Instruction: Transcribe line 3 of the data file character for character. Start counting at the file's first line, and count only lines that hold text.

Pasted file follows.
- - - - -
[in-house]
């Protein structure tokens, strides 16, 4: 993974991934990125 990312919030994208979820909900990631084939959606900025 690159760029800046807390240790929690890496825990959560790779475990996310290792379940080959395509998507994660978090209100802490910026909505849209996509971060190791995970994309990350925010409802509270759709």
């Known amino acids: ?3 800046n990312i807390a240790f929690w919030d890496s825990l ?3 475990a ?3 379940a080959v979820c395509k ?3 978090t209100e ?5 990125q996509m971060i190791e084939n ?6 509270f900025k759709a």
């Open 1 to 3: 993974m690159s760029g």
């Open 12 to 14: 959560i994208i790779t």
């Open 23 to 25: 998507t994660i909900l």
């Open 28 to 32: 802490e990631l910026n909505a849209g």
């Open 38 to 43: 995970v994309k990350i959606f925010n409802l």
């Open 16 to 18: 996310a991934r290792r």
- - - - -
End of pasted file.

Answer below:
């Known amino acids: ?3 800046n990312i807390a240790f929690w919030d890496s825990l ?3 475990a ?3 379940a080959v979820c395509k ?3 978090t209100e ?5 990125q996509m971060i190791e084939n ?6 509270f900025k759709a």